Scroll Top


Embrión mosaico

More and more couples or women decide to genetically analyze their embryos, with the aim of finding out which ones present alterations and transferring those that are healthy. Thanks to analyses focused on detecting chromosomal aneuploidies in embryos, such as preimplantation genetic screening (PGS or PGT-A) by NGS, it is possible to know which embryos present some type of genetic alteration.

The human being has 46 chromosomes (23 pairs) in which all the genes present in the genome are distributed. Of these 46 chromosomes, half comes from our father and a half from our mother. If the number of chromosomes is not adequate (there are chromosomes in excess or in deficiency) the embryo will not develop correctly and as a consequence, its ability to implant in the mother’s uterus drastically decreases, resulting in abortion or a baby with a genetic defect in those cases in which the pregnancy could continue.

Embryonic mosaicism consists in the fact that the embryo has a mixture of cells whose number of chromosomes is normal and other cells that present alterations in that number for one or several chromosomes. The causes do not seem to be related to paternal or maternal factors, but rather to a failure during embryonic division. NGS (Next-generation sequencing) validation, known as massive sequencing, is capable of detecting gains and losses of genetic material more precisely. This test allows simultaneous analysis of all 24 chromosomes (1-22, X and Y) with higher resolution. After this test, it is possible to know if the embryo is mosaic or not and what is the degree of mosaicism that it presents.


The PGT-A is a recommended test for any assisted reproduction process (IVF, egg donation), as it increases the chances of pregnancy with a healthy embryo. Although it is especially aimed at elderly patients who have suffered implantation failure, repeated abortions or have a diagnosis with altered semen parameters.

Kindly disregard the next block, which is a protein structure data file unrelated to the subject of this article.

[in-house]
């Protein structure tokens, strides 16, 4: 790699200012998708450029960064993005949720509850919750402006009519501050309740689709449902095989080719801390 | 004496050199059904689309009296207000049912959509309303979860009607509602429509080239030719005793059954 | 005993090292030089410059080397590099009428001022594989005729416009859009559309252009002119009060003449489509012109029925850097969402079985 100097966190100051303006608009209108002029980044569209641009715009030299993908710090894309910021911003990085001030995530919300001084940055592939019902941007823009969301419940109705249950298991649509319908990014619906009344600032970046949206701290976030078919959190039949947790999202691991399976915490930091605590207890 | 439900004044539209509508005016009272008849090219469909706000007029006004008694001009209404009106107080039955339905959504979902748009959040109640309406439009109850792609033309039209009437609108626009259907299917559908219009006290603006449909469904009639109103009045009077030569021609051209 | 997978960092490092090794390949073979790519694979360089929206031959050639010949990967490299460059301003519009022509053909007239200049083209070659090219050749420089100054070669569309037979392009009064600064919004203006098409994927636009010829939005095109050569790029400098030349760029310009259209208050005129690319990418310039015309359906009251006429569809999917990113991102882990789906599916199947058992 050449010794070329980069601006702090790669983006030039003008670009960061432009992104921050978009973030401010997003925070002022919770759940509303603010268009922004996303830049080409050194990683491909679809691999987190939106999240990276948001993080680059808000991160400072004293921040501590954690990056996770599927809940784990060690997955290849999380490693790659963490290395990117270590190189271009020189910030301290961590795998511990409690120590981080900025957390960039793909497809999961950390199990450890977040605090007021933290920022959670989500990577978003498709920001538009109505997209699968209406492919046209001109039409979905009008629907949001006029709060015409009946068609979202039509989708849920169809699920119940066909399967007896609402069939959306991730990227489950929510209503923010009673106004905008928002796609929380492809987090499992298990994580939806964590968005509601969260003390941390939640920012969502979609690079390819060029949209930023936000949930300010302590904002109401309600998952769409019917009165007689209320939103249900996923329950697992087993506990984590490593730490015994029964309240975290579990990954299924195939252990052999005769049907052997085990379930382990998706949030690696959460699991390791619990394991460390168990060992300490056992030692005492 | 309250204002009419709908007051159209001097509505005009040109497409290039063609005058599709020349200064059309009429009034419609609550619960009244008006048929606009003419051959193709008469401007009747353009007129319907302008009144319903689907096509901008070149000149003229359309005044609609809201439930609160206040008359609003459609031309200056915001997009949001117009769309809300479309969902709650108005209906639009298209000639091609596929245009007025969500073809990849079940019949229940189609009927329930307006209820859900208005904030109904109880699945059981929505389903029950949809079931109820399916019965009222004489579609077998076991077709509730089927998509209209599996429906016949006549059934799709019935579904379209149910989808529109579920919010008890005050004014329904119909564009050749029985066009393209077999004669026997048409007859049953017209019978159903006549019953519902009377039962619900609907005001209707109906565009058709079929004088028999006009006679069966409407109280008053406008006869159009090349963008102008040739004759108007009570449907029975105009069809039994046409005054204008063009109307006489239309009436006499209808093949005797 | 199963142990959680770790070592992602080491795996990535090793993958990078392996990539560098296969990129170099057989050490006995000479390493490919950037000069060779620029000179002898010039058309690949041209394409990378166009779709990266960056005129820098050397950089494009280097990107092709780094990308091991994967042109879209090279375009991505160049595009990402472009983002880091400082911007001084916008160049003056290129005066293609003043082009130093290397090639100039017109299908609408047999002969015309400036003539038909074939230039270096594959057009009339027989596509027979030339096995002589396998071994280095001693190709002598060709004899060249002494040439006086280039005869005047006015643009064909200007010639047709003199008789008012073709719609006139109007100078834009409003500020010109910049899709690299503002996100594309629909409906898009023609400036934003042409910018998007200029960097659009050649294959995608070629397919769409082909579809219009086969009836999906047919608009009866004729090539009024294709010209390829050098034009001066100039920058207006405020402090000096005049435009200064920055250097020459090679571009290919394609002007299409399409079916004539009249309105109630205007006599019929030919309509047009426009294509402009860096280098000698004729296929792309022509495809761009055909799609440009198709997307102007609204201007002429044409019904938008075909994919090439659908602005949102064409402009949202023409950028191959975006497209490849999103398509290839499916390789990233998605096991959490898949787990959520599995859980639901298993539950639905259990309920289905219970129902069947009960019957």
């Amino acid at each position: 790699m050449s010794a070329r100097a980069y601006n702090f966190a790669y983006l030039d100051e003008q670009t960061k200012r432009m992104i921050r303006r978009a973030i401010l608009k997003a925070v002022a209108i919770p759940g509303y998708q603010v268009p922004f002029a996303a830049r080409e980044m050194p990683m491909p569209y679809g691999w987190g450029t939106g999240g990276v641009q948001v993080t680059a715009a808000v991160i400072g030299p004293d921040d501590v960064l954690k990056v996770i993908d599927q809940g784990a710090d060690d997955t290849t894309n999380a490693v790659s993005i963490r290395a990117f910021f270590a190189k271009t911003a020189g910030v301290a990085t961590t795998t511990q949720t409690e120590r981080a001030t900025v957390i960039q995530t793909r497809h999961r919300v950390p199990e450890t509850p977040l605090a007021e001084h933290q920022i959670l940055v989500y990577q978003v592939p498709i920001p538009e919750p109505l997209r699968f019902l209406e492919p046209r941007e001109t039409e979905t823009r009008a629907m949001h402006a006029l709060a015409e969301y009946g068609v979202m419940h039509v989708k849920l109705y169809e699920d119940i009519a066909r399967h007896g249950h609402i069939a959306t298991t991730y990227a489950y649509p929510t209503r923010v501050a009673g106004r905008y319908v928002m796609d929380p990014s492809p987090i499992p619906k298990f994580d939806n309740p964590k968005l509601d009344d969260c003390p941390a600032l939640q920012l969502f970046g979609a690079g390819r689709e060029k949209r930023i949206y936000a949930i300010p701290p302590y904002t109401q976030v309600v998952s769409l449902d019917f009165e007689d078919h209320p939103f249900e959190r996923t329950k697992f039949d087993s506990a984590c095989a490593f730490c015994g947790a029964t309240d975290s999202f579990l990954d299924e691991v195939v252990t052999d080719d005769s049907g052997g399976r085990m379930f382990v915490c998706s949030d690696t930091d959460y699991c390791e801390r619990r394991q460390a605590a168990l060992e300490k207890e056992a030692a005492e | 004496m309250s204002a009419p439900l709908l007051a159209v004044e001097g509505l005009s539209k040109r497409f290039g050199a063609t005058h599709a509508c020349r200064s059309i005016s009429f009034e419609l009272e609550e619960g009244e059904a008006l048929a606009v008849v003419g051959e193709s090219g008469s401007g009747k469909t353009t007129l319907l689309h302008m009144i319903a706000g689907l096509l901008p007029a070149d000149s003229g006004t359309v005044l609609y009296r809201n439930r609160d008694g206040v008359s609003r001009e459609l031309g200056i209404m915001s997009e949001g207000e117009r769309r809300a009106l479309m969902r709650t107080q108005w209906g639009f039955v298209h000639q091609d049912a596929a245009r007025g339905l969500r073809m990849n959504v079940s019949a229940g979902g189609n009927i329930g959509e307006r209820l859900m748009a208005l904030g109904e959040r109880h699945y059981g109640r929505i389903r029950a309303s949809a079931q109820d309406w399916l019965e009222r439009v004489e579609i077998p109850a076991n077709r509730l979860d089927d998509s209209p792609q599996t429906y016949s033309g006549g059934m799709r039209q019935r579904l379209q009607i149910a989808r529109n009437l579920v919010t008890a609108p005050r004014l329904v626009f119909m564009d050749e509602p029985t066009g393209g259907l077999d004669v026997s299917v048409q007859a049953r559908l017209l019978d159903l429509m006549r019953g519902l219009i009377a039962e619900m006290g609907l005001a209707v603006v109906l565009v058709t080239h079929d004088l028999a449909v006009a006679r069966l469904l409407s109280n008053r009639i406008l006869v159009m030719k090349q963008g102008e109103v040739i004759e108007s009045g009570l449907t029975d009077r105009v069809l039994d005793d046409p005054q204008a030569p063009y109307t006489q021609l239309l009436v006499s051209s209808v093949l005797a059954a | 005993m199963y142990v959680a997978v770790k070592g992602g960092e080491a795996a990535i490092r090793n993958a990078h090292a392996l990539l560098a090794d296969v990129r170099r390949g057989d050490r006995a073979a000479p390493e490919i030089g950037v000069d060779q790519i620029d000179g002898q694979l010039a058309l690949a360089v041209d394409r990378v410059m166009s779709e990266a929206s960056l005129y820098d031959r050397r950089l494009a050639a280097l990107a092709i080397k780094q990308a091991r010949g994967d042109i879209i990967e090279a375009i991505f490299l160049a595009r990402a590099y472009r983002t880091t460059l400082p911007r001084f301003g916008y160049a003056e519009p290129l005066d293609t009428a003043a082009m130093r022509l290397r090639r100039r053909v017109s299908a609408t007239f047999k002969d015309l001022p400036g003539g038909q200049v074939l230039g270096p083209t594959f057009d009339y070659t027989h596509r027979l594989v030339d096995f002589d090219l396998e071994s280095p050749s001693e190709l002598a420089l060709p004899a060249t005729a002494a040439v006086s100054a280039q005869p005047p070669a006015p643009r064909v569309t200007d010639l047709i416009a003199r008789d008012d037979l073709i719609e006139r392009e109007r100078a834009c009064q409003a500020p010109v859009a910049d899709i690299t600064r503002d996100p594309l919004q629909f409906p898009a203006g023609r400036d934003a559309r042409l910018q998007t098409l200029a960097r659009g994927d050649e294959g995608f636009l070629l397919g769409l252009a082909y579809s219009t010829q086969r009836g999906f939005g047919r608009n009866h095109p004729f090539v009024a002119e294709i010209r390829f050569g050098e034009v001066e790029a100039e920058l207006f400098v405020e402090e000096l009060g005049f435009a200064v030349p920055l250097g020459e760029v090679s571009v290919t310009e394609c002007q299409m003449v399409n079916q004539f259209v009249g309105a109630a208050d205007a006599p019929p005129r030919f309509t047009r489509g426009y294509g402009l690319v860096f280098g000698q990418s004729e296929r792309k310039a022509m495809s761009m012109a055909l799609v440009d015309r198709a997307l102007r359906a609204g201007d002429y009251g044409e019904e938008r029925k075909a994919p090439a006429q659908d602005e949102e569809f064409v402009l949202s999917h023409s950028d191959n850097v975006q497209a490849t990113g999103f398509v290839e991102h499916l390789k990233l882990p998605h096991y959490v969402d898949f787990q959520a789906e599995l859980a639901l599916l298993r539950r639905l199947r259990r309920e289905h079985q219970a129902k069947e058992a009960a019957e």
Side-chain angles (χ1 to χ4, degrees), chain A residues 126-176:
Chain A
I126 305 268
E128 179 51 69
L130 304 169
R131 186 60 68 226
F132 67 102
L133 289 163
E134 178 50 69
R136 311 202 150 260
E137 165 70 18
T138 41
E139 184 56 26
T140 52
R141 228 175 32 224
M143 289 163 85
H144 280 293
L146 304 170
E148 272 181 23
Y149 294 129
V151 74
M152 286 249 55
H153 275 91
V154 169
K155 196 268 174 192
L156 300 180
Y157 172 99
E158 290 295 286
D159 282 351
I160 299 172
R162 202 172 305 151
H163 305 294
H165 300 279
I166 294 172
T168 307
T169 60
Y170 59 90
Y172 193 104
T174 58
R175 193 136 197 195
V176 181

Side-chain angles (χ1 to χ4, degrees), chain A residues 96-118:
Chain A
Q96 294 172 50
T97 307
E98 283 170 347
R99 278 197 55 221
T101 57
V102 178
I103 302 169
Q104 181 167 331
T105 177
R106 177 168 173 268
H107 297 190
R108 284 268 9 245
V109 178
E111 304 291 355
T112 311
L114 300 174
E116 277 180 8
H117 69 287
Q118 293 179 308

Although a mosaic embryo could give rise to a healthy baby, the risks or limitations that exist when transferring these embryos are variables depending on the type of mosaicism. These embryos could be considered transferable only in those cases in which normal (euploid) embryos are not available. Likewise, it is essential to follow selection criteria and protocols before deciding which embryos to transfer, and to provide adequate genetic counseling prior to transfer.

The chances of implantation of a mosaic embryo compared to a euploid (normal) embryo are lower, but, in turn, higher than the implantation rate of a non-analyzed embryo.

Any doubts? Ask us without obligation. Our embryology team will be happy to answer all your questions.

Information sources:

Treff, Net et al (2021). L’embrione “a mosaico”: idee sbagliate e interpretazioni errate nei test genetici preimpianto per l’aneuploidia. Sterile fertile.;116(5):1205-1211

Besser, A et al (2021). Gestione basata sull’evidenza del mosaicismo cromosomico preimpianto: lezioni dalla clinica. Sterile fertile.;116(5):1220-1224

Abhari, S et al (2021). Gravidanza e risultati neonatali dopo il trasferimento di embrioni a mosaico: una rassegna. J Clin Med.;10(7):1369

Takeuchi K. (2020) Test genetici pre-impianto: passato, presente, futuro. Reprod Med Biol.;20(1):27-40

Lledó, B et al (2017) Potenziale di impianto di embrioni a mosaico, Systems Biology in Reproductive Medicine, 63:3, 206-208

Greco, E. et al. (2015) Bambini sani dopo il trasferimento intrauterino di blastocisti aneuploidi a mosaico. N Inglese J Med 373:2089-2090

Related Posts